Skip to Main Content
U.S. Forest Service
Caring for the land and serving people

United States Department of Agriculture

Home > Search > Publication Information

  1. Share via EmailShare on FacebookShare on LinkedInShare on Twitter
    Dislike this pubLike this pub
    Author(s): Shinichi Asao; Michael G. Ryan
    Date: 2015
    Source: Tree Physiology. 35: 608-620.
    Publication Series: Scientific Journal (JRNL)
    Station: Rocky Mountain Research Station
    PDF: Download Publication  (1.0 MB)


    How trees sense source-sink carbon balance remains unclear. One potential mechanism is a feedback from non-structural carbohydrates regulating photosynthesis and removing excess as waste respiration when the balance of photosynthesis against growth and metabolic activity changes. We tested this carbohydrate regulation of photosynthesis and respiration using branch girdling in four tree species in a wet tropical rainforest in Costa Rica. Because girdling severs phloem to stop carbohydrate export while leaving xylem intact to allow photosynthesis, we expected carbohydrates to accumulate in leaves to simulate a carbon imbalance. We varied girdling intensity by removing phloem in increments of one-quarter of the circumference (zero, one-quarter, half, three-quarters, full) and surrounded a target branch with fully girdled ones to create a gradient in leaf carbohydrate content. Light saturated photosynthesis rate was measured in situ, and foliar respiration rate and leaf carbohydrate content were measured after destructive harvest at the end of the treatment. Girdling intensity created no consistent or strong responses in leaf carbohydrates. Glucose and fructose slightly increased in all species by 3.4% per one-quarter girdle, total carbon content and leaf mass per area increased only in one species by 5.4 and 5.5% per one-quarter girdle, and starch did not change. Only full girdling lowered photosynthesis in three of four species by 59-69%, but the decrease in photosynthesis was unrelated to the increase in glucose and fructose content. Girdling did not affect respiration. The results suggest that leaf carbohydrate content remains relatively constant under carbon imbalance, and any changes are unlikely to regulate photosynthesis or respiration. Because girdling also stops the export of hormones and reactive oxygen species, girdling may induce physiological changes unrelated to carbohydrate accumulation and may not be an effective method to study carbohydrate feedback in leaves. In three species, removal of three-quarters of phloem area did not cause leaf carbohydrates to accumulate nor did it change photosynthesis or respiration, suggesting that phloem transport is flexible and transport rate per unit phloem can rapidly increase under an increase in carbohydrate supply relative to phloem area. Leaf carbohydrate content thus may be decoupled from whole plant carbon balance by phloem transport in some species, and carbohydrate regulation of photosynthesis and respiration may not be as common in trees as previous girdling studies suggest. Further studies in carbohydrate regulation should avoid using girdling as girdling can decrease photosynthesis through unintended means without the tested mechanisms of accumulating leaf carbohydrates.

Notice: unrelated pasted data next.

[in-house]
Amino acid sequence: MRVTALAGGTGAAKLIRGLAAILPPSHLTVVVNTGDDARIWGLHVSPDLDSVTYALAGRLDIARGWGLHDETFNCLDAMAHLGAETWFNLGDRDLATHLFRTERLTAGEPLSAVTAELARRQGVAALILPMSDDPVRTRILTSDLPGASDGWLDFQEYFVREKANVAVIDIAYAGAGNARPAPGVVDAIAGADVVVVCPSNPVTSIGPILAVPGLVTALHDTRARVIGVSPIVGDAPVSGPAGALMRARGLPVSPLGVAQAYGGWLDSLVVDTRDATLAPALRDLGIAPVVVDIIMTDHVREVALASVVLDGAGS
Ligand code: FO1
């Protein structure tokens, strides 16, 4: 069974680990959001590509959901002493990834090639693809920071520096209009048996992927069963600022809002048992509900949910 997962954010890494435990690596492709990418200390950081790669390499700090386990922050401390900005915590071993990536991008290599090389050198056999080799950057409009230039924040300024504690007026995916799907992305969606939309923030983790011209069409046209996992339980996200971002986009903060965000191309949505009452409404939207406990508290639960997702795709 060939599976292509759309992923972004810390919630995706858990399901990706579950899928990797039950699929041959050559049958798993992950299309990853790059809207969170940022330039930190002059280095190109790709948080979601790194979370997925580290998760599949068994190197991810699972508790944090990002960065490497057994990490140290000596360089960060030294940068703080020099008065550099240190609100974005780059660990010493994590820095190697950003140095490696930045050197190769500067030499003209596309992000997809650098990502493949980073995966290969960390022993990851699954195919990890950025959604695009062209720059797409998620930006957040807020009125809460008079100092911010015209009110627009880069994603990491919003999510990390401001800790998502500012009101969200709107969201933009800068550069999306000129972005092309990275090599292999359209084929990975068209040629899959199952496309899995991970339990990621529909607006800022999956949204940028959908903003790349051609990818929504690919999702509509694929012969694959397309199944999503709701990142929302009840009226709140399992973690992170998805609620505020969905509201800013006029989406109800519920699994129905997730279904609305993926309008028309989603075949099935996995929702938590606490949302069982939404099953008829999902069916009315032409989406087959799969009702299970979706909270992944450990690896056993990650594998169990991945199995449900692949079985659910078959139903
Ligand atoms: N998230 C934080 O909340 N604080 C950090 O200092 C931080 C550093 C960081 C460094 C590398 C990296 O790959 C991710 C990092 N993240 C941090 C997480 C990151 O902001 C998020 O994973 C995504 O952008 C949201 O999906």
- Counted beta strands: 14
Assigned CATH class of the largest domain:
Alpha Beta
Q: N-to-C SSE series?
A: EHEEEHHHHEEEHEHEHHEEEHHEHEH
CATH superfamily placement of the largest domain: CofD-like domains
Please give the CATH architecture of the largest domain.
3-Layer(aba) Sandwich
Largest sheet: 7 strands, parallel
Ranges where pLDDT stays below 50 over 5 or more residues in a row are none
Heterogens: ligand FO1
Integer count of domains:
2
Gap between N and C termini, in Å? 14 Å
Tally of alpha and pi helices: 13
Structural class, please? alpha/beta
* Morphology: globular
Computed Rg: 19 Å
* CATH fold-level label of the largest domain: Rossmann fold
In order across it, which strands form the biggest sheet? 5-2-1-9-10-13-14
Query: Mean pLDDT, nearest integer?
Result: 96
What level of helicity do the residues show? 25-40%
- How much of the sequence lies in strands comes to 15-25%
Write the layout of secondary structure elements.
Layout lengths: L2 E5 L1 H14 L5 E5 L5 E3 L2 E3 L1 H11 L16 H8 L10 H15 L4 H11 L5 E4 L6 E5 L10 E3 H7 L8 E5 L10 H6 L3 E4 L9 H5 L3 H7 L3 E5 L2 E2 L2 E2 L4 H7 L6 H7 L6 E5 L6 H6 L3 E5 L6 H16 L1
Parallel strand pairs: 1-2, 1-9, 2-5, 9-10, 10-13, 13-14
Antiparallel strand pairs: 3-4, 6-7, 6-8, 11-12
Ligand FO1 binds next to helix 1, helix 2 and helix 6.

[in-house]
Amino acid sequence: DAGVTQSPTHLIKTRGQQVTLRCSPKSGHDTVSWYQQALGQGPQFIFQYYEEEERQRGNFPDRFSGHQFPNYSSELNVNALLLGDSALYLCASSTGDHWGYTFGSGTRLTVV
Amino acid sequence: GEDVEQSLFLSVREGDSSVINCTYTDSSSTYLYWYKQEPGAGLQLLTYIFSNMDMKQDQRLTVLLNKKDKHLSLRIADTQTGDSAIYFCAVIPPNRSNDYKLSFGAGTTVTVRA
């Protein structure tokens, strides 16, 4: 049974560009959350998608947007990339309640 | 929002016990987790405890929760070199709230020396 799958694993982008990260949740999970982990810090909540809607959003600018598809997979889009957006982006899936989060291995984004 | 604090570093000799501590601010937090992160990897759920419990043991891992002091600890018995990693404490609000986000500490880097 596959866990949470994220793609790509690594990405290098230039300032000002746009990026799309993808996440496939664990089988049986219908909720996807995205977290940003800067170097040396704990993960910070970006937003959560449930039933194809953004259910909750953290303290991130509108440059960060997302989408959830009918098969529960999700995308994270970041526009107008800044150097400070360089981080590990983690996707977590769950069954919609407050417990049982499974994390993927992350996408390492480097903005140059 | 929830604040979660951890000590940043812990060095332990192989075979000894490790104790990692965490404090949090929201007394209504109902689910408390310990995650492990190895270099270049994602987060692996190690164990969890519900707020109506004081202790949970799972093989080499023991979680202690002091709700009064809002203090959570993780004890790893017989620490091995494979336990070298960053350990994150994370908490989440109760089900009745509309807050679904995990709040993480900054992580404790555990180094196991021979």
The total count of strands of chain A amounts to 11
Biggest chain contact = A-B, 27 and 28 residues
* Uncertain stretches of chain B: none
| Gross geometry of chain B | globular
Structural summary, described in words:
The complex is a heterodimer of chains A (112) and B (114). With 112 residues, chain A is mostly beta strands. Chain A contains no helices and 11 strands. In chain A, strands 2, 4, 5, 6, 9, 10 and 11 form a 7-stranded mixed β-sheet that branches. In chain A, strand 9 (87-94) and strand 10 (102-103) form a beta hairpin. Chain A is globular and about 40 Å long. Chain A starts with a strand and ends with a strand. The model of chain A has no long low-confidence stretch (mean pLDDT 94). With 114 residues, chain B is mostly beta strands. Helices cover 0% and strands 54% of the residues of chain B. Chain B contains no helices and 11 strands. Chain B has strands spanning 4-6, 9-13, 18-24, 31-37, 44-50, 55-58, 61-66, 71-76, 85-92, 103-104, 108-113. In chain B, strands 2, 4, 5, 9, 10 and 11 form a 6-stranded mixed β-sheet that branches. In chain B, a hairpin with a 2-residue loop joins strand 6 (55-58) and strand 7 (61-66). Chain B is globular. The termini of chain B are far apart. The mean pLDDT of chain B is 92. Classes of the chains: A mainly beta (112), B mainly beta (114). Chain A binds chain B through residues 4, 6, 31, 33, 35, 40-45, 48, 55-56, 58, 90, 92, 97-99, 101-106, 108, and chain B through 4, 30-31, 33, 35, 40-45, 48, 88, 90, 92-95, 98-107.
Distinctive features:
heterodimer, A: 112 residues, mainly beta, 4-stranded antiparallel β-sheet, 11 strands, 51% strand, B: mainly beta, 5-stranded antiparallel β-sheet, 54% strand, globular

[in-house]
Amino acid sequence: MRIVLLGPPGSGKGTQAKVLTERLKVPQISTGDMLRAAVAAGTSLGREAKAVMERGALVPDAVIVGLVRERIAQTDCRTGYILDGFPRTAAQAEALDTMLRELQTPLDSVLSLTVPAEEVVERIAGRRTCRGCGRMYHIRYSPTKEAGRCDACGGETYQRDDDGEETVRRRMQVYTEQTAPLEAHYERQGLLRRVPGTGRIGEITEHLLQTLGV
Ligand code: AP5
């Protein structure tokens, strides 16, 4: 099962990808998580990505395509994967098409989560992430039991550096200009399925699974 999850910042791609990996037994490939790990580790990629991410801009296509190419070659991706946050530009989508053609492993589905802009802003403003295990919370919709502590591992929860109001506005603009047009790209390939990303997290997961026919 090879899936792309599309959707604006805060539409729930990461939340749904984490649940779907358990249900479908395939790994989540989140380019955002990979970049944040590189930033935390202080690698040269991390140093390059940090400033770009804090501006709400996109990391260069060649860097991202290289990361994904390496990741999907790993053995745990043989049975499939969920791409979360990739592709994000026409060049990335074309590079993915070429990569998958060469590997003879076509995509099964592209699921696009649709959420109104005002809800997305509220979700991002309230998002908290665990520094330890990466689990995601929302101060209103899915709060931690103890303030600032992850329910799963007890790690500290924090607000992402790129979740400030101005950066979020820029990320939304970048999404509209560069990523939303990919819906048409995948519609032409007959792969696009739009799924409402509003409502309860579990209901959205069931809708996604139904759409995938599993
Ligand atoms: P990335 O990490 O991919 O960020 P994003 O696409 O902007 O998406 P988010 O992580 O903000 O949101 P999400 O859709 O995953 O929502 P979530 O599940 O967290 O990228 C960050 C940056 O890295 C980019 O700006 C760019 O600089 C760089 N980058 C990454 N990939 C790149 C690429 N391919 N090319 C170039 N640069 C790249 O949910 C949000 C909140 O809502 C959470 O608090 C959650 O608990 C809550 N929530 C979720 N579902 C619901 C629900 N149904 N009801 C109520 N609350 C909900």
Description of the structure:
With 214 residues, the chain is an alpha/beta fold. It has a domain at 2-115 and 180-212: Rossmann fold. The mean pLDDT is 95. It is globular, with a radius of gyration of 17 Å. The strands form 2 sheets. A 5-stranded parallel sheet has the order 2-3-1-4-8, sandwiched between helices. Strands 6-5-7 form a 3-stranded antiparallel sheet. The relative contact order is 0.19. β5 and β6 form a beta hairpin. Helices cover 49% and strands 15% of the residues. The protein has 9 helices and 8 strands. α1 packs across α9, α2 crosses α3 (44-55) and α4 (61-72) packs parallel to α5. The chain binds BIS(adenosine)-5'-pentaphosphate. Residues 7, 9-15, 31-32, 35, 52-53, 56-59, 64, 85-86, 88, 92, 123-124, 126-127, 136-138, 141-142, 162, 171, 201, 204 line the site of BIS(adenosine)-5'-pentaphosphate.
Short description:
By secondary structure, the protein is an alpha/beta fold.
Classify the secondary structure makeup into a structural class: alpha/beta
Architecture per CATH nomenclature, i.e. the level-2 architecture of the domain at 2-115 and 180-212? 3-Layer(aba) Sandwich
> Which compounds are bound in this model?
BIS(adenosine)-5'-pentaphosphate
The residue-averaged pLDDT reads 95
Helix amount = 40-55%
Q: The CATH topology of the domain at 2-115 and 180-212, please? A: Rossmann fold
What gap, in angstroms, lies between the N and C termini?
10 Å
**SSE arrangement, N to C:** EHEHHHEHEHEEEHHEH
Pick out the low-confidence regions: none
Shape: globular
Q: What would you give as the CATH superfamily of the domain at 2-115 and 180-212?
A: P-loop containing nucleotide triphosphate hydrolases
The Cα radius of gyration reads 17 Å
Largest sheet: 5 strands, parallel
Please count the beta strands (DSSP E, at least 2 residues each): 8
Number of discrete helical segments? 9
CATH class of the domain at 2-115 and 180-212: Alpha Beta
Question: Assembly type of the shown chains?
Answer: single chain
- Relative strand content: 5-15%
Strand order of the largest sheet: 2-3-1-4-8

Publication Notes

    • You may send email to to request a hard copy of this publication.
    • (Please specify exactly which publication you are requesting and your mailing address.)
    • We recommend that you also print this page and attach it to the printout of the article, to retain the full citation information.
    • This article was written and prepared by U.S. Government employees on official time, and is therefore in the public domain.


    Asao, Shinichi; Ryan, Michael G. 2015. Carbohydrate regulation of photosynthesis and respiration from branch girdling in four species of wet tropical rain forest trees. Tree Physiology. 35: 608-620.


    Google Scholar


    non-structural carbohydrates, NSC, phloem, sink regulation

    Related Search

    XML: View XML
Show More
Show Fewer
Jump to Top of Page